On p. 73, discussing infinitives, the example is given: I saw the leaves stir. Accompanying it is explanation: stir is an infinitive without the â€˜to’. Hmmm. So when we see a usage we like but does not conform to a rule,
(Get prepared this is long but worth following unless you are one of the “I plant my flag for standards of good English” types; then this may destroy you.)
On. p. 212, we read, “To, as indicated by the (), is not treated as a part of the verb. Writers on language are generally agreed that when to introduces an infinitive phrase used as an adjective or an adverb, it performs its proper function as a preposition, meaning toward, for, etc.’ as, I am inclined to believe, I came to hear. When the infinitive phrase is used as a noun, the to expresses no relation; it seems merely to introduce the phrase. When a word loses its proper function, without taking on the function of some other part of speech, we do not see why it should change its name. In the expressions, For me to do this would be wrong, Over the fence is out of danger, few grammarians would hesitate to call â€˜for’ and â€˜over’ prepositions, although they do not express relation.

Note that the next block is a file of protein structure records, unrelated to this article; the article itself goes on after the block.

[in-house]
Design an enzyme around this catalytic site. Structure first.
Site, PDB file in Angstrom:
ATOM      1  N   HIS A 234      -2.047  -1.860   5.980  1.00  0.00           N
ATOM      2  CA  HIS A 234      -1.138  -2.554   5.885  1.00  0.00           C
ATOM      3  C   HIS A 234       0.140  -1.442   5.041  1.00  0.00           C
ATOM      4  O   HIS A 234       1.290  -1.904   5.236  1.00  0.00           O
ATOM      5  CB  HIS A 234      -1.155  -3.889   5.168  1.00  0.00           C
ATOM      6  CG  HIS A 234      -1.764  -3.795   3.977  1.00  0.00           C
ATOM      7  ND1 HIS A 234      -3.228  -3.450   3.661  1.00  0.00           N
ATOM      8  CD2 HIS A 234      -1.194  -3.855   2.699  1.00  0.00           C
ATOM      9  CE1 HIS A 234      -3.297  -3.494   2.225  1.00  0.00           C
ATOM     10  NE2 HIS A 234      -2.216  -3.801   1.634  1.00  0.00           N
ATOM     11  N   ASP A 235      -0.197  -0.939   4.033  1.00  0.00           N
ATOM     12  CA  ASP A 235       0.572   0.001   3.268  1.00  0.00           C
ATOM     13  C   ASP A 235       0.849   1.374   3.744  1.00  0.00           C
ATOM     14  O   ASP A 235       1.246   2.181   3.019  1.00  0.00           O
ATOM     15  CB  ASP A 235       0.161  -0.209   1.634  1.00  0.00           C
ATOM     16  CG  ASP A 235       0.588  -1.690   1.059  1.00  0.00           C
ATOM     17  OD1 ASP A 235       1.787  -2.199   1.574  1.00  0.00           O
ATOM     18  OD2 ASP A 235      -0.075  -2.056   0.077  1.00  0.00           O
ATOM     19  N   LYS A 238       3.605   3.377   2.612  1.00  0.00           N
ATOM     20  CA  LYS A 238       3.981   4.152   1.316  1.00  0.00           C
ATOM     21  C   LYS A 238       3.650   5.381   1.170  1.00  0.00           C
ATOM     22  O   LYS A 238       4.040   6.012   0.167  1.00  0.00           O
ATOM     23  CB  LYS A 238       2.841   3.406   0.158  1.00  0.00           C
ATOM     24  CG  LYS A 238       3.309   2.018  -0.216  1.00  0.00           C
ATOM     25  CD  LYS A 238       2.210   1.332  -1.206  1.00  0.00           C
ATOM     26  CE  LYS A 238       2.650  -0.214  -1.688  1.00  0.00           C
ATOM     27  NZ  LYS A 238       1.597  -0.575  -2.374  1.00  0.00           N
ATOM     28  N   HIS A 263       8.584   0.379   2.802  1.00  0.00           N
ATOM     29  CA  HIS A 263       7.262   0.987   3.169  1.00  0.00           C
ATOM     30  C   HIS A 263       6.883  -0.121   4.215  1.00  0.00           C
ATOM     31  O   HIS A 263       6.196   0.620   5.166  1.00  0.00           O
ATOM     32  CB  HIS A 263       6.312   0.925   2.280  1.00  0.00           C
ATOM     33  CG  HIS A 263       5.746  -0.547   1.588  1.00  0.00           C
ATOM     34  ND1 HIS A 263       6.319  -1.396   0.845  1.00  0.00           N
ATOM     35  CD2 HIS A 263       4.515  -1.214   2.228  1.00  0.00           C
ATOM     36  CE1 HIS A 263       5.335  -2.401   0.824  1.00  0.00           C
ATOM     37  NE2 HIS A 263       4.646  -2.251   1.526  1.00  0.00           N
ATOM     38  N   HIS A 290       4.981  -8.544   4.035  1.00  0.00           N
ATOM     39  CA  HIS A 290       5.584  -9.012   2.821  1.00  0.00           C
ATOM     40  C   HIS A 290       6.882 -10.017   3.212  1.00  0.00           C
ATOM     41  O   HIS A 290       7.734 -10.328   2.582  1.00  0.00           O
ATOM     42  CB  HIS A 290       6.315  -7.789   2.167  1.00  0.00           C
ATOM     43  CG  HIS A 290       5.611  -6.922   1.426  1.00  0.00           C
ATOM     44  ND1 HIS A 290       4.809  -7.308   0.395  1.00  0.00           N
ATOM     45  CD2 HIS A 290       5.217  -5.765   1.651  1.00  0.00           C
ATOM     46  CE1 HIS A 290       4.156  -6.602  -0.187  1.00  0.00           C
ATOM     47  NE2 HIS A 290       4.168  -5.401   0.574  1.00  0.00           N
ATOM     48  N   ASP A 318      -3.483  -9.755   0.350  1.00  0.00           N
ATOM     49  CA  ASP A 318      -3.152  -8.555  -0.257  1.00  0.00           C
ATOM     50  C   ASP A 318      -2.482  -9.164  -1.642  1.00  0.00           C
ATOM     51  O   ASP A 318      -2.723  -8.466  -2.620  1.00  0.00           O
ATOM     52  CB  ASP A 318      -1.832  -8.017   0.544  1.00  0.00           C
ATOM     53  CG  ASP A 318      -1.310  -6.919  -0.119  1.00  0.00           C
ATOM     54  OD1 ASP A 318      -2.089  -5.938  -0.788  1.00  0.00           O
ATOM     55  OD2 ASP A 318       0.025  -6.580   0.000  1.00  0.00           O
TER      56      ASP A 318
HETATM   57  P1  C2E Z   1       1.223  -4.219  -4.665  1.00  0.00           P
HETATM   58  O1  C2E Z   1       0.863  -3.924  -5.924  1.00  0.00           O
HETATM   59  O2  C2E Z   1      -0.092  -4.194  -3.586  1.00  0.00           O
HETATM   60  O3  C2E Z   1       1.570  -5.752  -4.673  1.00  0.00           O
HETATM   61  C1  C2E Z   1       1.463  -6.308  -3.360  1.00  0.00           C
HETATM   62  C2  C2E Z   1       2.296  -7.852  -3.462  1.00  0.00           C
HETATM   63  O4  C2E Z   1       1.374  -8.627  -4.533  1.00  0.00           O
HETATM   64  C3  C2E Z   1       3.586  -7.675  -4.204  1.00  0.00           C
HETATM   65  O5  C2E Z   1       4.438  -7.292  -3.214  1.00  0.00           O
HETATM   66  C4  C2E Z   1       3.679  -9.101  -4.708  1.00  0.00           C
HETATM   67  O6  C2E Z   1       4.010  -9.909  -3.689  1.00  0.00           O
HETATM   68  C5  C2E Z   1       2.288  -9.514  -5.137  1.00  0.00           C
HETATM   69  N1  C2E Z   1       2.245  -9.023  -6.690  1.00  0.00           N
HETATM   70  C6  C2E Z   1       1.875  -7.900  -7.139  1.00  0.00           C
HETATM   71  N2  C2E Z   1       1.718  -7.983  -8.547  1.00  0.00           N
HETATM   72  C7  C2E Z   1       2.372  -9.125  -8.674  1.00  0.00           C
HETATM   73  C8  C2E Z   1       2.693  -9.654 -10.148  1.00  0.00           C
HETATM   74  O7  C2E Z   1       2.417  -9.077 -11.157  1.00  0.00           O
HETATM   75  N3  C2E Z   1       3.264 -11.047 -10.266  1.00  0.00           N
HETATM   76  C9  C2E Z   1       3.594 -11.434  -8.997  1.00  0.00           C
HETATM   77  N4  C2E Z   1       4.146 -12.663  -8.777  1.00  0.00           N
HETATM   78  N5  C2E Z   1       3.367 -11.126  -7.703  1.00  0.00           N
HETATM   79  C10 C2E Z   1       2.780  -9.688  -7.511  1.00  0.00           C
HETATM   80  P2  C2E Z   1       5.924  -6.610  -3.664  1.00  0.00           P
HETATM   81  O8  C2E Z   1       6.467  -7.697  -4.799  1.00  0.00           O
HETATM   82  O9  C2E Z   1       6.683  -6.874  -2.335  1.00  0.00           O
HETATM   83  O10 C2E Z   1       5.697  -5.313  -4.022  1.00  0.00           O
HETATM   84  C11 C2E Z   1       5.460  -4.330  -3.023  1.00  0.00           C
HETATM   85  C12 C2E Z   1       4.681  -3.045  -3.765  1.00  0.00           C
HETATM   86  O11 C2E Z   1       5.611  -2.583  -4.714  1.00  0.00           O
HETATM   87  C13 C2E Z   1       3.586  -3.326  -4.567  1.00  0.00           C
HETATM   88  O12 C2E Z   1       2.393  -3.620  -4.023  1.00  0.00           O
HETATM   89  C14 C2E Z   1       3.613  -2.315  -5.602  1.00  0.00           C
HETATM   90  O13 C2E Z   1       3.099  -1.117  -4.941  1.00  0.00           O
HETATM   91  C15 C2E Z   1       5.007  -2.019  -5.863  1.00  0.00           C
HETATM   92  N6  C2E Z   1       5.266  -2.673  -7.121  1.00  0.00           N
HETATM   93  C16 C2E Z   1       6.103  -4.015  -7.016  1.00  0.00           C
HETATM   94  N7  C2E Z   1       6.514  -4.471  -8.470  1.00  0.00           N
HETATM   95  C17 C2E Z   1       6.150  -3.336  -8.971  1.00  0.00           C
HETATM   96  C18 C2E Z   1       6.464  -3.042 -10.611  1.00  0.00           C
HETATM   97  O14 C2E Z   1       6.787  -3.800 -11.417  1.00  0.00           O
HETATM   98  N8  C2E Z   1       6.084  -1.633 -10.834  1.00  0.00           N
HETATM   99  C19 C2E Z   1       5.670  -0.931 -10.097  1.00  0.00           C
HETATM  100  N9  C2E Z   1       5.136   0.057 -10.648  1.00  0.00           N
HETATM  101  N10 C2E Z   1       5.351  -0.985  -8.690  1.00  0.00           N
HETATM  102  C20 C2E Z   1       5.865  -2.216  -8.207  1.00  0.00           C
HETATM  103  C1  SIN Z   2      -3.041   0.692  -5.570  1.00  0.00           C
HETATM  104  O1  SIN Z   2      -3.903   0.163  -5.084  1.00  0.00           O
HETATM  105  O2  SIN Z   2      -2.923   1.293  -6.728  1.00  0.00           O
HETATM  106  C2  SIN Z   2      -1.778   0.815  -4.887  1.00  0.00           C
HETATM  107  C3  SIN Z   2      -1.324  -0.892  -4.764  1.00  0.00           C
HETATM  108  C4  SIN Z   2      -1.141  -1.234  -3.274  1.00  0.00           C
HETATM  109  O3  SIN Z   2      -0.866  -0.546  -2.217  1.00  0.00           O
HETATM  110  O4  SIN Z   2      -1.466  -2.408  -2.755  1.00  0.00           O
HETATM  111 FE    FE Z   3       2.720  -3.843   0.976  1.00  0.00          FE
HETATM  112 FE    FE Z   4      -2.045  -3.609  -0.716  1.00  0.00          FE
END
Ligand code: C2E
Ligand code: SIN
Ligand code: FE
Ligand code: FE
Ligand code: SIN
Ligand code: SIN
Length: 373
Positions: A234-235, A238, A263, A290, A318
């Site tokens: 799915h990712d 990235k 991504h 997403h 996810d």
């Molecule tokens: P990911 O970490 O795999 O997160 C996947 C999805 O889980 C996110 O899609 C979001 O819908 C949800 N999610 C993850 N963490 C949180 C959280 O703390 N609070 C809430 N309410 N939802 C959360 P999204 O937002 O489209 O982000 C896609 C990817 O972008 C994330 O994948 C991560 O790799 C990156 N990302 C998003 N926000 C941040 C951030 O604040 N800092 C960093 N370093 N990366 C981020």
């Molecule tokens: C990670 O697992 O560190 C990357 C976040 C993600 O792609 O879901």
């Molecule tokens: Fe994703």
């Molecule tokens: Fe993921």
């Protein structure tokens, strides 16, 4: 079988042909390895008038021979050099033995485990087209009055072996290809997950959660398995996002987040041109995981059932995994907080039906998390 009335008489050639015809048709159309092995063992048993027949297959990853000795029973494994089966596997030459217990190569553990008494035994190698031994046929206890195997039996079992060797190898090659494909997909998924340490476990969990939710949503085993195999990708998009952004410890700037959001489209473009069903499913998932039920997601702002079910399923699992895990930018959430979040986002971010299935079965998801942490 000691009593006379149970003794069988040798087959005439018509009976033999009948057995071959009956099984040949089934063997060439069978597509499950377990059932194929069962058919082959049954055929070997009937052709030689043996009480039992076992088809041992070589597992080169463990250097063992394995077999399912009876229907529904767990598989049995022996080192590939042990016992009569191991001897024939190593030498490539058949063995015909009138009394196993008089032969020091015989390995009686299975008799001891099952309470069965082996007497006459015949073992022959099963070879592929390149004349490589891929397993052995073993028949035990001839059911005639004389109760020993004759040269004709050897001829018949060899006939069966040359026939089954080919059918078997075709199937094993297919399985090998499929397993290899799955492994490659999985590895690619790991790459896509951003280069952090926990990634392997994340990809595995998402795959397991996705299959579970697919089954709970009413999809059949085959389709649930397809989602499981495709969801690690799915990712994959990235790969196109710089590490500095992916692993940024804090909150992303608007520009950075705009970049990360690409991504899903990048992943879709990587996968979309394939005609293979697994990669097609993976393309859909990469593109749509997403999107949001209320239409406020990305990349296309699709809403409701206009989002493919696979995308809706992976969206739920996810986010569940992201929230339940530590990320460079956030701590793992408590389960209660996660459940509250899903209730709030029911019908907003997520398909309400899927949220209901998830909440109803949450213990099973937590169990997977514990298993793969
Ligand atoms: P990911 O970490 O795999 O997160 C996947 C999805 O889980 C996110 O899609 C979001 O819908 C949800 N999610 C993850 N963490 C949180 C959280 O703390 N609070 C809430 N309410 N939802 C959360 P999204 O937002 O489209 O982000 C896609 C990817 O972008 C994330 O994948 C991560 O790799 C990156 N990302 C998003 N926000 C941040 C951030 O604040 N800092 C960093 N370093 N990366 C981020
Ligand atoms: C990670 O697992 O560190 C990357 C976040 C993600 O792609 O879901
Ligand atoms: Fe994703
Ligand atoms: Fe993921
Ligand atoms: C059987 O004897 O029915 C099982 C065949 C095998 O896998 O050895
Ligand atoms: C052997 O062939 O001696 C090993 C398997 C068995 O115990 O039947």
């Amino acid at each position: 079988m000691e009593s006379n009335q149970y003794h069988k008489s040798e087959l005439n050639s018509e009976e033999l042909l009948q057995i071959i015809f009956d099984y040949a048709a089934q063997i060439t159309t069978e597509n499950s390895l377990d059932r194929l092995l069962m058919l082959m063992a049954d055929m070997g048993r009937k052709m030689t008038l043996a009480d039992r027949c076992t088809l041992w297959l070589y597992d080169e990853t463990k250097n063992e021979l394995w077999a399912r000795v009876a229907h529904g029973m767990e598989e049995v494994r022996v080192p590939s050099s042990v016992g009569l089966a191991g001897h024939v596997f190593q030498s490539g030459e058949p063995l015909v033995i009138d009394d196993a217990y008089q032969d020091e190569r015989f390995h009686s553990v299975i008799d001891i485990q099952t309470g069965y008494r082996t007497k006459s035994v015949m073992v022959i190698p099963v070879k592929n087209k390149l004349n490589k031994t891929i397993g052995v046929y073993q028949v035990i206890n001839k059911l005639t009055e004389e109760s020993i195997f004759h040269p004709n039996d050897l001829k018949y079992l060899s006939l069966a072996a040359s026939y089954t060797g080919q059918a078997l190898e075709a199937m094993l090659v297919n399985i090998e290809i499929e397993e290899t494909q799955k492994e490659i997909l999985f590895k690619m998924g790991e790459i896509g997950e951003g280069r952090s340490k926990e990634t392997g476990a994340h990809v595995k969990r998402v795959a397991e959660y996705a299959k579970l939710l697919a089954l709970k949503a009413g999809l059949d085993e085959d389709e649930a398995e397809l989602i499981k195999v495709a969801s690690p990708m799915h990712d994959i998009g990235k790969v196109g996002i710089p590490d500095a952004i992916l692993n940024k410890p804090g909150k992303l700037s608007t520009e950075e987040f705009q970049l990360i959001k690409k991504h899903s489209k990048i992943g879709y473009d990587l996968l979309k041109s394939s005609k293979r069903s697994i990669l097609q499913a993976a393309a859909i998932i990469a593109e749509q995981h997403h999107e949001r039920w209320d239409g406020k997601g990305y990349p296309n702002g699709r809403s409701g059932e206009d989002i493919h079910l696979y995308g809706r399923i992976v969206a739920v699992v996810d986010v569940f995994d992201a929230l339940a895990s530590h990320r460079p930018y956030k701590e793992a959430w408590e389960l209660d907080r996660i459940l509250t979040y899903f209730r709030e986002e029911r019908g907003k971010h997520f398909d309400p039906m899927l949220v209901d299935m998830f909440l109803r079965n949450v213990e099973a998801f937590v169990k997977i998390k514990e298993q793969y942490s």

We cannot see that to is a part of the verb, for it in no way affects the meaning as does an auxiliary, or as does the to in He was spoken to. Those who call it a part of the verb confuse the learner by speaking of it as the “preposition to” (which, as they have said, is not a preposition) “placed before the infinitive,” i.e. placed before that of which it forms a part = placed before itself.
End of quote. Oh, Mavens, how do you read this? I read it as saying the split infinitive of “To boldly go where no man….” conforms to the rules written here. BTW, none of it should matter b/c of what he writes in the first line above as an explanation: IT IS AN INFINITIVE WITHOUT THE “TO”. Just write the rule to conform to what you want to say and you’re in.
On top of the absurdity of all this, allow me to point out a further absurdity: that anyone would learn to write good English by reading a book like this.
The book is Higher Lessons in English: A Work On English Grammar and Composition, in which….., by (drum roll) Alonzo Reed and Brainerd Kellogg, 1882. In case you are not as much of a Maven as you thought you were, Reed and Kellogg developed the vaunted sentence diagramming so beloved of Mavens.